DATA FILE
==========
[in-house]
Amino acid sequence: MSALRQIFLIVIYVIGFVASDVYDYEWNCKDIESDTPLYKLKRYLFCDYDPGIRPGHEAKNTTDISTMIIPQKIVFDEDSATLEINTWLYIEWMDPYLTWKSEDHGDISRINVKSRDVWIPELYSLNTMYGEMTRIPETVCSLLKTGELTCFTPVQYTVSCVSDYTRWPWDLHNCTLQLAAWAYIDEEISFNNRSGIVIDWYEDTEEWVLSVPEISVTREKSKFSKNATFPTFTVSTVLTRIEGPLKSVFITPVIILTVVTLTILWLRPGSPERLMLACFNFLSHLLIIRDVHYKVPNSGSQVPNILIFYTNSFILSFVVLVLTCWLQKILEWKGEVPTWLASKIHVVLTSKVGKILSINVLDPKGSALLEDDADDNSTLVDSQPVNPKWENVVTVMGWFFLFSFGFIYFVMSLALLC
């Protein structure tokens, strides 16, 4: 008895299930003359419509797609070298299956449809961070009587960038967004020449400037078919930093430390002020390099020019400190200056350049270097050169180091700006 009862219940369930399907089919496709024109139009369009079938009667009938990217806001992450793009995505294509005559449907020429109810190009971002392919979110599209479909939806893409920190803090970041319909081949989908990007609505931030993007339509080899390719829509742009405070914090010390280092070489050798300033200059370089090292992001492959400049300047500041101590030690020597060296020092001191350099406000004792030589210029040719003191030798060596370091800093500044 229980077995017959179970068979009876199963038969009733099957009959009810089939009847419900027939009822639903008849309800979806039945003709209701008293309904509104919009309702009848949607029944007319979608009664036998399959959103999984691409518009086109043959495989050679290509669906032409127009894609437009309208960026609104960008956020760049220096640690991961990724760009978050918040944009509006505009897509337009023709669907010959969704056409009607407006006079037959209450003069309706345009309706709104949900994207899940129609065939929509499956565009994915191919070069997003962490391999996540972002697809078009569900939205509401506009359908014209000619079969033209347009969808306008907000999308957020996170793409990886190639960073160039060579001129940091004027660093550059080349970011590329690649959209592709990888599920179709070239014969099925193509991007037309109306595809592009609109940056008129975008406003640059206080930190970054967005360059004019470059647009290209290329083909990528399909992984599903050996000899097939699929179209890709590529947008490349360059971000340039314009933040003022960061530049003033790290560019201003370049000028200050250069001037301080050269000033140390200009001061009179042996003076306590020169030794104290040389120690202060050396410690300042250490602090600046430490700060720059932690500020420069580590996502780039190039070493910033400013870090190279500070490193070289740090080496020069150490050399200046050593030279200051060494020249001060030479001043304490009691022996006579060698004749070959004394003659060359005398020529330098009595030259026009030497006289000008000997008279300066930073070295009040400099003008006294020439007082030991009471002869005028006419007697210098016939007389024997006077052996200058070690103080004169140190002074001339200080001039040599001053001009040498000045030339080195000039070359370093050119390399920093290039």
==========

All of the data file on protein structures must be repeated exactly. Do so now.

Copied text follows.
[in-house]
Amino acid sequence: MSALRQIFLIVIYVIGFVASDVYDYEWNCKDIESDTPLYKLKRYLFCDYDPGIRPGHEAKNTTDISTMIIPQKIVFDEDSATLEINTWLYIEWMDPYLTWKSEDHGDISRINVKSRDVWIPELYSLNTMYGEMTRIPETVCSLLKTGELTCFTPVQYTVSCVSDYTRWPWDLHNCTLQLAAWAYIDEEISFNNRSGIVIDWYEDTEEWVLSVPEISVTREKSKFSKNATFPTFTVSTVLTRIEGPLKSVFITPVIILTVVTLTILWLRPGSPERLMLACFNFLSHLLIIRDVHYKVPNSGSQVPNILIFYTNSFILSFVVLVLTCWLQKILEWKGEVPTWLASKIHVVLTSKVGKILSINVLDPKGSALLEDDADDNSTLVDSQPVNPKWENVVTVMGWFFLFSFGFIYFVMSLALLC
């Protein structure tokens, strides 16, 4: 008895299930003359419509797609070298299956449809961070009587960038967004020449400037078919930093430390002020390099020019400190200056350049270097050169180091700006 009862219940369930399907089919496709024109139009369009079938009667009938990217806001992450793009995505294509005559449907020429109810190009971002392919979110599209479909939806893409920190803090970041319909081949989908990007609505931030993007339509080899390719829509742009405070914090010390280092070489050798300033200059370089090292992001492959400049300047500041101590030690020597060296020092001191350099406000004792030589210029040719003191030798060596370091800093500044 229980077995017959179970068979009876199963038969009733099957009959009810089939009847419900027939009822639903008849309800979806039945003709209701008293309904509104919009309702009848949607029944007319979608009664036998399959959103999984691409518009086109043959495989050679290509669906032409127009894609437009309208960026609104960008956020760049220096640690991961990724760009978050918040944009509006505009897509337009023709669907010959969704056409009607407006006079037959209450003069309706345009309706709104949900994207899940129609065939929509499956565009994915191919070069997003962490391999996540972002697809078009569900939205509401506009359908014209000619079969033209347009969808306008907000999308957020996170793409990886190639960073160039060579001129940091004027660093550059080349970011590329690649959209592709990888599920179709070239014969099925193509991007037309109306595809592009609109940056008129975008406003640059206080930190970054967005360059004019470059647009290209290329083909990528399909992984599903050996000899097939699929179209890709590529947008490349360059971000340039314009933040003022960061530049003033790290560019201003370049000028200050250069001037301080050269000033140390200009001061009179042996003076306590020169030794104290040389120690202060050396410690300042250490602090600046430490700060720059932690500020420069580590996502780039190039070493910033400013870090190279500070490193070289740090080496020069150490050399200046050593030279200051060494020249001060030479001043304490009691022996006579060698004749070959004394003659060359005398020529330098009595030259026009030497006289000008000997008279300066930073070295009040400099003008006294020439007082030991009471002869005028006419007697210098016939007389024997006077052996200058070690103080004169140190002074001339200080001039040599001053001009040498000045030339080195000039070359370093050119390399920093290039």